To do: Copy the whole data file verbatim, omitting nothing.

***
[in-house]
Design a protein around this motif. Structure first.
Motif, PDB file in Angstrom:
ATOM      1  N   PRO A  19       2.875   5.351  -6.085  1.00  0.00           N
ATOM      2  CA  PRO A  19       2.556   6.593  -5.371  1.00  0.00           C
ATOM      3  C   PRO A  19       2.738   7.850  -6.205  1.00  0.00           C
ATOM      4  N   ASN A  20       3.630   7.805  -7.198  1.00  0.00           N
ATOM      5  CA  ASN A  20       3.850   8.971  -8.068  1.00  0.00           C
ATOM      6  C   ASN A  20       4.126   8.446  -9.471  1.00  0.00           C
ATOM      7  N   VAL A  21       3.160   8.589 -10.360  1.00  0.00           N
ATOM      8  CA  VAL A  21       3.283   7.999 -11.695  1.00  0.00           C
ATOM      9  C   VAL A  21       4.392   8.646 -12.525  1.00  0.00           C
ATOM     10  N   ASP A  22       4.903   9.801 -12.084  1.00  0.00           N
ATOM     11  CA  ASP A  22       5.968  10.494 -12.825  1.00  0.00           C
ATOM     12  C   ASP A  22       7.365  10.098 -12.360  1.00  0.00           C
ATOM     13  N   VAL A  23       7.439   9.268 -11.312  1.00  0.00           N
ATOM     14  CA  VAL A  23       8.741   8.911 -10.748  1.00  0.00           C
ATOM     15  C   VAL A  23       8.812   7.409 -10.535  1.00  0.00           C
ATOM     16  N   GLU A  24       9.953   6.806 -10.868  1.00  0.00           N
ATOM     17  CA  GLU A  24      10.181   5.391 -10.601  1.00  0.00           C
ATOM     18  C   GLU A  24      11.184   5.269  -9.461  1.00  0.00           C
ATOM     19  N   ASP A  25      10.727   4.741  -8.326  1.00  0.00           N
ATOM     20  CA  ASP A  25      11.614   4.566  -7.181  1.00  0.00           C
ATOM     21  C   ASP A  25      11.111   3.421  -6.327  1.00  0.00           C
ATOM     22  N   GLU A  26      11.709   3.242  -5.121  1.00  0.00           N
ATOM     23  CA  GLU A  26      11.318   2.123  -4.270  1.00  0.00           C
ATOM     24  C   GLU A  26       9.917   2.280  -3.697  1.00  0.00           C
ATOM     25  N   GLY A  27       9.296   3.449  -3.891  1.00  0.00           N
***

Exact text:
[in-house]
Design a protein around this motif. Structure first.
Motif, PDB file in Angstrom:
ATOM      1  N   PRO A  19       2.875   5.351  -6.085  1.00  0.00           N
ATOM      2  CA  PRO A  19       2.556   6.593  -5.371  1.00  0.00           C
ATOM      3  C   PRO A  19       2.738   7.850  -6.205  1.00  0.00           C
ATOM      4  N   ASN A  20       3.630   7.805  -7.198  1.00  0.00           N
ATOM      5  CA  ASN A  20       3.850   8.971  -8.068  1.00  0.00           C
ATOM      6  C   ASN A  20       4.126   8.446  -9.471  1.00  0.00           C
ATOM      7  N   VAL A  21       3.160   8.589 -10.360  1.00  0.00           N
ATOM      8  CA  VAL A  21       3.283   7.999 -11.695  1.00  0.00           C
ATOM      9  C   VAL A  21       4.392   8.646 -12.525  1.00  0.00           C
ATOM     10  N   ASP A  22       4.903   9.801 -12.084  1.00  0.00           N
ATOM     11  CA  ASP A  22       5.968  10.494 -12.825  1.00  0.00           C
ATOM     12  C   ASP A  22       7.365  10.098 -12.360  1.00  0.00           C
ATOM     13  N   VAL A  23       7.439   9.268 -11.312  1.00  0.00           N
ATOM     14  CA  VAL A  23       8.741   8.911 -10.748  1.00  0.00           C
ATOM     15  C   VAL A  23       8.812   7.409 -10.535  1.00  0.00           C
ATOM     16  N   GLU A  24       9.953   6.806 -10.868  1.00  0.00           N
ATOM     17  CA  GLU A  24      10.181   5.391 -10.601  1.00  0.00           C
ATOM     18  C   GLU A  24      11.184   5.269  -9.461  1.00  0.00           C
ATOM     19  N   ASP A  25      10.727   4.741  -8.326  1.00  0.00           N
ATOM     20  CA  ASP A  25      11.614   4.566  -7.181  1.00  0.00           C
ATOM     21  C   ASP A  25      11.111   3.421  -6.327  1.00  0.00           C
ATOM     22  N   GLU A  26      11.709   3.242  -5.121  1.00  0.00           N
ATOM     23  CA  GLU A  26      11.318   2.123  -4.270  1.00  0.00           C
ATOM     24  C   GLU A  26       9.917   2.280  -3.697  1.00  0.00           C
ATOM     25  N   GLY A  27       9.296   3.449  -3.891  1.00  0.00           N